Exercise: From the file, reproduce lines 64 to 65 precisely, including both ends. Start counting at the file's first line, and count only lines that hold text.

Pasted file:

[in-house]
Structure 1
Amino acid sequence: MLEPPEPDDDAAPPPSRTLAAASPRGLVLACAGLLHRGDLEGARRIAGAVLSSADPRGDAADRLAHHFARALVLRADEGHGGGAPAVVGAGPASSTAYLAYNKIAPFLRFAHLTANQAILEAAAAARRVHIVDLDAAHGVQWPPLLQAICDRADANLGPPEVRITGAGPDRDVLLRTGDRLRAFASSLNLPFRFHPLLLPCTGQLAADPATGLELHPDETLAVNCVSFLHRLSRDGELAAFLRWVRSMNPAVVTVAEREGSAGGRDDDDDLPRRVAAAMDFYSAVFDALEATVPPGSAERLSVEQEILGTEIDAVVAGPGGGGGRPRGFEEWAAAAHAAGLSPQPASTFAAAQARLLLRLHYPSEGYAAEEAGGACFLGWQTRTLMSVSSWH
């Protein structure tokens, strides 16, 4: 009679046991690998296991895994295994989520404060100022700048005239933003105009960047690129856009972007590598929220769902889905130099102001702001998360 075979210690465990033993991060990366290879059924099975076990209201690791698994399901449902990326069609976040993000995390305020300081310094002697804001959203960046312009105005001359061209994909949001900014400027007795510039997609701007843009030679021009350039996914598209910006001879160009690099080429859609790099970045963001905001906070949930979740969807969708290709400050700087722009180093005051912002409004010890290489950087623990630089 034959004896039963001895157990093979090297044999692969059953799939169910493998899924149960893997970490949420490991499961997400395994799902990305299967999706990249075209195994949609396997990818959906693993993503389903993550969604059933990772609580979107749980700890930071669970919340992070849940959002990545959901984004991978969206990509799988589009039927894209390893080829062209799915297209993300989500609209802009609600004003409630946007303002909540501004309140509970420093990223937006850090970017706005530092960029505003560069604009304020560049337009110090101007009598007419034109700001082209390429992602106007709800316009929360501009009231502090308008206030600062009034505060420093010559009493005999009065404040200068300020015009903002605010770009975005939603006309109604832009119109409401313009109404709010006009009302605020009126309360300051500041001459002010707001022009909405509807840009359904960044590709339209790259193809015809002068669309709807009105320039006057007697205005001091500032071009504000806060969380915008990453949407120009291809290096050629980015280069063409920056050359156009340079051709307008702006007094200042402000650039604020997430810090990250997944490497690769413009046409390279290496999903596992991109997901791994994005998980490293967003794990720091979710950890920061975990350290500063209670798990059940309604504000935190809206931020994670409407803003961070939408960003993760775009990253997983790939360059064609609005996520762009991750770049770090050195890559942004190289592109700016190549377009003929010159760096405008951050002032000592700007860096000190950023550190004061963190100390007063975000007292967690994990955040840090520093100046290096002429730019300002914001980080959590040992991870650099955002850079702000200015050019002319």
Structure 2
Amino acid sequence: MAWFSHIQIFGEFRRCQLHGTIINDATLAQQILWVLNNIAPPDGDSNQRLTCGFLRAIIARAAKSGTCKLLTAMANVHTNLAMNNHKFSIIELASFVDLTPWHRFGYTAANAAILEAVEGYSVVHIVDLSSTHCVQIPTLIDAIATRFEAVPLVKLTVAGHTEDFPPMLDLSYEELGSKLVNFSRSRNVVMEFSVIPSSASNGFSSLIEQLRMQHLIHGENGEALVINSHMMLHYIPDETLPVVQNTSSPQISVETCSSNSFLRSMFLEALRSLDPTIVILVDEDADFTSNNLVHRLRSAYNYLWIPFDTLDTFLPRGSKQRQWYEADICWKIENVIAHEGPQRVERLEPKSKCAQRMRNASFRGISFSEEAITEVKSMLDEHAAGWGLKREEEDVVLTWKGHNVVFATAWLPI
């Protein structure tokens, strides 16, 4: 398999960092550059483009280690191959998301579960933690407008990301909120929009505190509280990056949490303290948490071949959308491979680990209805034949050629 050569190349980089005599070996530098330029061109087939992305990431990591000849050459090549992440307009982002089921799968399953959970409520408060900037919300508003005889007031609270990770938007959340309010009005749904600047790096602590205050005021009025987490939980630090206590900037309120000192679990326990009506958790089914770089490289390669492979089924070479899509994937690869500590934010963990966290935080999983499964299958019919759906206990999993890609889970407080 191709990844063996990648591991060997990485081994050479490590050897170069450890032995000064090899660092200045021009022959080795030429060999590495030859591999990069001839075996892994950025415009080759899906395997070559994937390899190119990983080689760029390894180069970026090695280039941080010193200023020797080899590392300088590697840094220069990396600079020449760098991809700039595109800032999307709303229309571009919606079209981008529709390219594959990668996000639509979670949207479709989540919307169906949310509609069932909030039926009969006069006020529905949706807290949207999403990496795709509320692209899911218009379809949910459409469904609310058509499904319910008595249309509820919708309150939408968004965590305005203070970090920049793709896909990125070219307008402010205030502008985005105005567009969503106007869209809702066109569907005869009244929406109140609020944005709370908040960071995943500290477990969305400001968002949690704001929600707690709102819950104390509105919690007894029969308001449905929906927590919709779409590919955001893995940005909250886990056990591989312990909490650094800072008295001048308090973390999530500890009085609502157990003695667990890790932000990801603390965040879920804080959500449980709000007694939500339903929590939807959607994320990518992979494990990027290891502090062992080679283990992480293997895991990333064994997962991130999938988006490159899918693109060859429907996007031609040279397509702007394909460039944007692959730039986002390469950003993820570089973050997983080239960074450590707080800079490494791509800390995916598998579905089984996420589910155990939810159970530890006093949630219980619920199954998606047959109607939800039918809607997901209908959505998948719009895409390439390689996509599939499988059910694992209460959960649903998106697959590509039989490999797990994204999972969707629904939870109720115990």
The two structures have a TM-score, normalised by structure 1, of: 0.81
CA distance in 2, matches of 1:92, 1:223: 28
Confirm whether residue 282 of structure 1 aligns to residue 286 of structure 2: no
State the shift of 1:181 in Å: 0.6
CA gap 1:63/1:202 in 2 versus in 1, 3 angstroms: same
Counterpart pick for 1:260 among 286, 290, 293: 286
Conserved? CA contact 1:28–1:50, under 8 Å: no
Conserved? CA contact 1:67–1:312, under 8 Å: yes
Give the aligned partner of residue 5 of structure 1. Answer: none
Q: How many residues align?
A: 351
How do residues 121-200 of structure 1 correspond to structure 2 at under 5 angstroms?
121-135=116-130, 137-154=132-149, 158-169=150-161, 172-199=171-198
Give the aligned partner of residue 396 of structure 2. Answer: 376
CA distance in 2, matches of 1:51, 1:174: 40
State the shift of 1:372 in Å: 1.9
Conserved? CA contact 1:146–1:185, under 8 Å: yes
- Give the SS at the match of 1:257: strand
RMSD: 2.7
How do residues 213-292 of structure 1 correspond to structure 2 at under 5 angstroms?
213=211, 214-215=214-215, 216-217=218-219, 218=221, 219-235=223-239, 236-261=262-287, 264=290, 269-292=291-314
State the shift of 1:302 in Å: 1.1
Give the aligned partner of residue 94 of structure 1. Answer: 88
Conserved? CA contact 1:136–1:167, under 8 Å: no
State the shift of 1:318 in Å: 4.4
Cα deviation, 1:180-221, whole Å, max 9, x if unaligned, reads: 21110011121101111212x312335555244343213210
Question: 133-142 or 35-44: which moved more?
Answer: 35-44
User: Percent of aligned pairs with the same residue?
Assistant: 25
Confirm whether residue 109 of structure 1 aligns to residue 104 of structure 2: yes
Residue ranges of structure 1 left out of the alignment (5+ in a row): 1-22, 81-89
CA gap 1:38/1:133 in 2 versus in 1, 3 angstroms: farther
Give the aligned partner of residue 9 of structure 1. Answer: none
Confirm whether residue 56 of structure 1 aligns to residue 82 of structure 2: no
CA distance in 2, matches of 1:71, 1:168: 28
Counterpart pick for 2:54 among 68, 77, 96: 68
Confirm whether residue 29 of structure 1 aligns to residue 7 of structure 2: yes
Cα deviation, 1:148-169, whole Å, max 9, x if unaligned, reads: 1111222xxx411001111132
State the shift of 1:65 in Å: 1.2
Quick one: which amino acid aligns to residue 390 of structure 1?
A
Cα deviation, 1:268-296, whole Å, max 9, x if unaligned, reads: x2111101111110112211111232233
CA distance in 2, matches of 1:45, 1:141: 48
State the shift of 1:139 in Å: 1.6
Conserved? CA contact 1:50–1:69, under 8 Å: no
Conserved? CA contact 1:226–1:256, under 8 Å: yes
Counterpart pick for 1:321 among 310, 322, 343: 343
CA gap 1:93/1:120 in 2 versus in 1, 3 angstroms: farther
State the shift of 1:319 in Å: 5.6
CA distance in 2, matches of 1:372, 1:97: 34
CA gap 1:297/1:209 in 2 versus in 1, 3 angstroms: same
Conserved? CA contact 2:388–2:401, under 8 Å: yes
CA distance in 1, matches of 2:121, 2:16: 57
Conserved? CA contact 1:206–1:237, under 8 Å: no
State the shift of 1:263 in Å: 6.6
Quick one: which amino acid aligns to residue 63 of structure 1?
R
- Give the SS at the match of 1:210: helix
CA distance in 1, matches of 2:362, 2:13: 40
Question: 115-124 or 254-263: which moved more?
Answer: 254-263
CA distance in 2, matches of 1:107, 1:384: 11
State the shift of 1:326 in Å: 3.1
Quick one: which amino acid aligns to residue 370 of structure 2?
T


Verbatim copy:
Quick one: which amino acid aligns to residue 63 of structure 1?
R